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He would look at the scenic surroundings of Kerala and say, 'what a f****** place, there is no rough image anywhere. ' He hated greenery, for the issues he handled were stark. Twenty five years ago, when John Abraham began shooting his fourth and final work Amma Ariyan (A Report to Mother) in Kochi in 1986, he didn't even have a producer or distributor. All John had was the support of a group of committed youngsters, belonging to the post-Naxalite era.
In 1984, John had formed the Odessa Collective, a group intent on rewriting the rules of the film business by making it a collective effort. The idea was to liberate the medium through people's participation. To raise funds for Amma Ariyan, John's crew trekked through the villages of Kerala to collect funds from the public. Once the film was ready, the group began holding screenings in the same places from where they had raised money. Since the movie was produced with small contributions from farmers and dailywage earners in remote villages, it was well received in the rural belts of Kerala.
"Film is a product. Since it is a capital oriented industry, money will naturally influence the product. John was against the dominance of capital in films. The result was Odessa, a unique experiment. My contribution was Rs 100 because John asked only that much, " says Neelan, a close associate of John and a film critic. What makes the movie different, according to Neelan, was the way it was made. "It was a film produced by the common man for the common man. The whole process was different. When John was shooting in one location, the group would go to another location, collecting money, food and making arrangement for the crew's stay. Each and every attempt of John got strong support from the public. "
Trained at the FTII under veteran filmmaker Ritwik Ghatak, John Abraham's first film Vidyarthikale Ithile Ithile (1971) was a commercial venture that he himself hated. Inspired by Robert Bresson's Au Hasard Balthazar, his second movie, Agraharathil Kazhuthai (1977) made in Tamil, was a satiric attack on religious orthodoxy while Cheriyachente Kroora Krithyangal (1979) was a fictional study on the psychological scars of a man in a feudal Christian society.
When Odessa was formed, the idea was to register it as a cooperative society. But it didn't ' work out because registration was a problem. "We had coupons of five, ten and hundred denominations. But the collections were mostly fives and tens. The movie was screened more than 1, 000 times in Kerala, as well as in cities like Madras, Bangalore and Hyderabad, " says C Ammad, one of the members of the crew. "We used to go to different places taking three prints. One would start from Kochi to Trivandrum, and the other team would start from Calicut to Kochi and the third one from Calicut to Kasaragod. Finally, we would all reach at the same point, " he said.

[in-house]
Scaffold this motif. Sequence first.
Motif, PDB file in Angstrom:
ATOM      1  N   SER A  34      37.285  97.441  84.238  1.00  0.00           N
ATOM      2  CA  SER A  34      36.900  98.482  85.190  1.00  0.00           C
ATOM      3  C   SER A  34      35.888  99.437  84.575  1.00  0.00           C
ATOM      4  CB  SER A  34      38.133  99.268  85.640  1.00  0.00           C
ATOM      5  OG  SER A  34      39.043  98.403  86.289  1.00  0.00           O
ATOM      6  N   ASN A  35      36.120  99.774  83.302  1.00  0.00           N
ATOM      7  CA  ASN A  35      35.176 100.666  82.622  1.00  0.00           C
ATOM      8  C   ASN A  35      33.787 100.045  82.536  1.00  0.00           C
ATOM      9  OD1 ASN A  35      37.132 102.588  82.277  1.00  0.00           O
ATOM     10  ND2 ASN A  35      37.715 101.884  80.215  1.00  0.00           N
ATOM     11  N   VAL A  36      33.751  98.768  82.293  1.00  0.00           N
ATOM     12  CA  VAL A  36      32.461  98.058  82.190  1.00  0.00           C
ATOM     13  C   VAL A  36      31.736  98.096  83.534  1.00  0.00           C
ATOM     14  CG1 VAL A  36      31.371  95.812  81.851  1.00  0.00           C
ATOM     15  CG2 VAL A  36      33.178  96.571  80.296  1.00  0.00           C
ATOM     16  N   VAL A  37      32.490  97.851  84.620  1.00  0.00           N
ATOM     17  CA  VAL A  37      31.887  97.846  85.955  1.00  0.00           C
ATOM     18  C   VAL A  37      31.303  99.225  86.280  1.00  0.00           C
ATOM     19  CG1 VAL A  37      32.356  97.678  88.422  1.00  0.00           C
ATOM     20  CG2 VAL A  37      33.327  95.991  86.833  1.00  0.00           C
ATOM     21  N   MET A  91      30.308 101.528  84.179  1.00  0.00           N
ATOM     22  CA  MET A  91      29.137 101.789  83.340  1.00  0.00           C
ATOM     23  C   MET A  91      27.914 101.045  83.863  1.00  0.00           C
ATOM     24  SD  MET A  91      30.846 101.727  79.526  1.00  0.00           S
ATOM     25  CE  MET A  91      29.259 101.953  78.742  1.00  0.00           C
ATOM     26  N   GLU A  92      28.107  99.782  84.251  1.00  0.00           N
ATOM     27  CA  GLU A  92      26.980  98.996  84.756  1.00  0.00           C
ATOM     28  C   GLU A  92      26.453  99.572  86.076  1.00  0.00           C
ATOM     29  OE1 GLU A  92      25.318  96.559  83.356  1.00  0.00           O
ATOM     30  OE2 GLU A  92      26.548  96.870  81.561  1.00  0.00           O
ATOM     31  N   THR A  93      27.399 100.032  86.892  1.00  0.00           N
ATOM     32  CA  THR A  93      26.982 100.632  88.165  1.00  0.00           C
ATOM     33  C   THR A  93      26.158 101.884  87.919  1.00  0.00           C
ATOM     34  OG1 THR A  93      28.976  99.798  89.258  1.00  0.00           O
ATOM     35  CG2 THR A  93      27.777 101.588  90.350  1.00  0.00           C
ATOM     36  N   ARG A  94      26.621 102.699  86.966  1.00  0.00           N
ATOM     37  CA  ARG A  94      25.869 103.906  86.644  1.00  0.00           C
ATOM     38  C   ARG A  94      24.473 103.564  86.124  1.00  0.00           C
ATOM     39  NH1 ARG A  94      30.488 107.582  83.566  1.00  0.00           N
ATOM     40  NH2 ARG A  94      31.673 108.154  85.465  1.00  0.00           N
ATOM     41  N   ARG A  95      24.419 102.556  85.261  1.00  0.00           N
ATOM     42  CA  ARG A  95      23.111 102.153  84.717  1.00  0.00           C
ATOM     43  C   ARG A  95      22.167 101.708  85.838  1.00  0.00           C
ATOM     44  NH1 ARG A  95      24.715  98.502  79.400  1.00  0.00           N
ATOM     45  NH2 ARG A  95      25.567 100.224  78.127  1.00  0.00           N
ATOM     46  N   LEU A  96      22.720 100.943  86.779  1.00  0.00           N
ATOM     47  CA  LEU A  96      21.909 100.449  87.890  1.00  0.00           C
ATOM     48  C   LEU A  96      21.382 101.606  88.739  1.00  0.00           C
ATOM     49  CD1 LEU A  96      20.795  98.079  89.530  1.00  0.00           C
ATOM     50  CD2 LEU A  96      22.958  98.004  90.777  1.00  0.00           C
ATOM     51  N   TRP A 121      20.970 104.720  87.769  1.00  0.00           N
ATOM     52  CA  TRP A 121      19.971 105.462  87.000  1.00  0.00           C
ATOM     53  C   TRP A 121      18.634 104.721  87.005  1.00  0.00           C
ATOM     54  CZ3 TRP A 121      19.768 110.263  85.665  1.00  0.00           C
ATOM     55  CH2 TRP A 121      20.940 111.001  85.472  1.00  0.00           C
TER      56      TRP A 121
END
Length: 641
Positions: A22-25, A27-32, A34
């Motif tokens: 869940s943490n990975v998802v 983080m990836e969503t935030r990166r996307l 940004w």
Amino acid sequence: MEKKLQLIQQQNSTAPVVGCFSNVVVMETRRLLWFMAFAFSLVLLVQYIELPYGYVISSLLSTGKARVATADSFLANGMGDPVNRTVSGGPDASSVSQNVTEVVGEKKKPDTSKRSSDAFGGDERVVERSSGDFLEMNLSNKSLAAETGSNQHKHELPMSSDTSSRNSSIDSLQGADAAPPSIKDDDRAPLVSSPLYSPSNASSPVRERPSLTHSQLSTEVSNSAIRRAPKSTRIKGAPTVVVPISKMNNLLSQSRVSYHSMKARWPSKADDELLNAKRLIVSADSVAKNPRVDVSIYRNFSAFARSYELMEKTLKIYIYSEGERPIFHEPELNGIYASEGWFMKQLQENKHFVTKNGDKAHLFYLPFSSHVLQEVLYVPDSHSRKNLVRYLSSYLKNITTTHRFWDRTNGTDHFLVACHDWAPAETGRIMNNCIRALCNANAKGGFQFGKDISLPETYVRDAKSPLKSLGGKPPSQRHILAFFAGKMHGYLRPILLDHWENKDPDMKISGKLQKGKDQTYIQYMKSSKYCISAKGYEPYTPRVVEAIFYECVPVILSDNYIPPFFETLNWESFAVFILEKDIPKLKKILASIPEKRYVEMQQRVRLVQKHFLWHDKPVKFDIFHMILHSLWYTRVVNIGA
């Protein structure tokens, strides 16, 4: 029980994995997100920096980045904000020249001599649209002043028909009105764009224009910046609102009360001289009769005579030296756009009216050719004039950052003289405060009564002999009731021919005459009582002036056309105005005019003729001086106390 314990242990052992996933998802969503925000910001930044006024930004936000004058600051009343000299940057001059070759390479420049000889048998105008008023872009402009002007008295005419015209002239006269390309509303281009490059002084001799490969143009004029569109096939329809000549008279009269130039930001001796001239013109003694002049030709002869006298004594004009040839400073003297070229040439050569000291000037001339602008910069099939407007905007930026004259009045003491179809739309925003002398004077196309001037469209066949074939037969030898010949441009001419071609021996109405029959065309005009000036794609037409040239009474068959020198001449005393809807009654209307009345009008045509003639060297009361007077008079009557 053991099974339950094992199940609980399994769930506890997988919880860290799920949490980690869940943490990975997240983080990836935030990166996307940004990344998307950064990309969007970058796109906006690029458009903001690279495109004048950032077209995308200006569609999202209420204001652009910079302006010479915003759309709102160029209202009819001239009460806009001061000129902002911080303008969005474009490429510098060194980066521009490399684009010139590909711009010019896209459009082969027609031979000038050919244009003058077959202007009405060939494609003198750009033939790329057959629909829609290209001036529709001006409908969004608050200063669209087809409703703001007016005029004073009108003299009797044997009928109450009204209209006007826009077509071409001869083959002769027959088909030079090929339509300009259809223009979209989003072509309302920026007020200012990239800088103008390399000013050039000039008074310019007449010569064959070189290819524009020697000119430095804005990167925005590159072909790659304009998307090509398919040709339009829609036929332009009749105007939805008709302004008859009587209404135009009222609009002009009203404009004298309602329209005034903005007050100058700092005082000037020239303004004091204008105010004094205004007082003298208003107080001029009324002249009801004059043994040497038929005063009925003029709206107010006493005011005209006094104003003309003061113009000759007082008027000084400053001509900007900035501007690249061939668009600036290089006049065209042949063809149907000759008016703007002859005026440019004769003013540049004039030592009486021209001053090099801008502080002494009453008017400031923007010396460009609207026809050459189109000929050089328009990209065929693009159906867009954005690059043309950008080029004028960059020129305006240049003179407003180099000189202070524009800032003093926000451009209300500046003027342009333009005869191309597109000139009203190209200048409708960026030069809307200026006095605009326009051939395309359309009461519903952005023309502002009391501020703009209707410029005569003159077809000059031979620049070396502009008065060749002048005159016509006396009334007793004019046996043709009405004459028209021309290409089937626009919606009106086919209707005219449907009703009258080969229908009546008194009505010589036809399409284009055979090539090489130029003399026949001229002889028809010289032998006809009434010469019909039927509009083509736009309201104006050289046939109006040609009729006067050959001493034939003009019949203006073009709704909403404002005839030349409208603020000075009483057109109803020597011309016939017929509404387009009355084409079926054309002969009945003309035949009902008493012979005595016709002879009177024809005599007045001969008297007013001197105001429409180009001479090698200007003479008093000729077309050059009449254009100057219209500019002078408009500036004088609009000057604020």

Neelan, however, says Odessa never maintained accounts relating to the movie. "We never maintained anything and I can't tell you how much money was collected and spent for the movie. It was teamwork under John. There was no saving or surplus. Whenever John needed, he went to the villages and collected small amounts from people. As far as the crew was concerned, nobody accepted any remuneration for their work. "
The film is in the form of a letter written by Purushan, the main protagonist, to his mother. On his way, he finds a deadbody of a young man, who seems familiar but is unidentifiable. With the help of a couple of friends, the body is identified as Hari's. Now they want to inform Hari's mother about his death. On their way, more people join in and finally when they reach Hari's house, the small group that started the journey turns into a crowd of young men.
Amma Ariyan was a travelling circus, according to Beena Paul who edited the movie. "It was a fantastic movement from one place to another. The crew never wasted any money, and the places they went they dined with the villagers and stayed with them, " Says Beena.
Although the plot was fixed, the locations kept on changing while shooting. "There was improvisation every time when it came to locations. It was not fixed and the locations changed depending on John's creative inventions. He mixed with everyone - slum dwellers, farmers, drunkards. He was a maverick without any boundaries, " says Neelan.
Adoor Gopalakrishan, after spearheading Kerala's first film society, Chalachitra (1965), introduced New Wave Cinema to Malayalam through his debut work, Swayamvaram (1972). G Aravindan strengthened the movement with Uttarayanam in 1974. John was among the artistes who followed in their footsteps, but he was more radical than most. Amma Ariyan was a take on political unrest, failure of ideology and policies. Inspired by the French auteur Jean-Luc Godard, John adopted a documentary style for this movie.
The period between the early-1980 s and early 1990s is considered the golden age of Malayalam cinema, paving the way for a middle-of-the-road cinema movement in the state. John's films were akin to a bold experiment on the fringes of the movement. But critics often describe the movie as merely John's swansong because the attempt by Odessa to take art to the masses faded soon after his death in 1987 in a freak accident. "It was the first of its kind in the world. But groupism and lack of vision killed the organization after the death of John. No one in Odessa had the will to lead the group after John, " says Civic Chandran, activist and critic based in Kerala.
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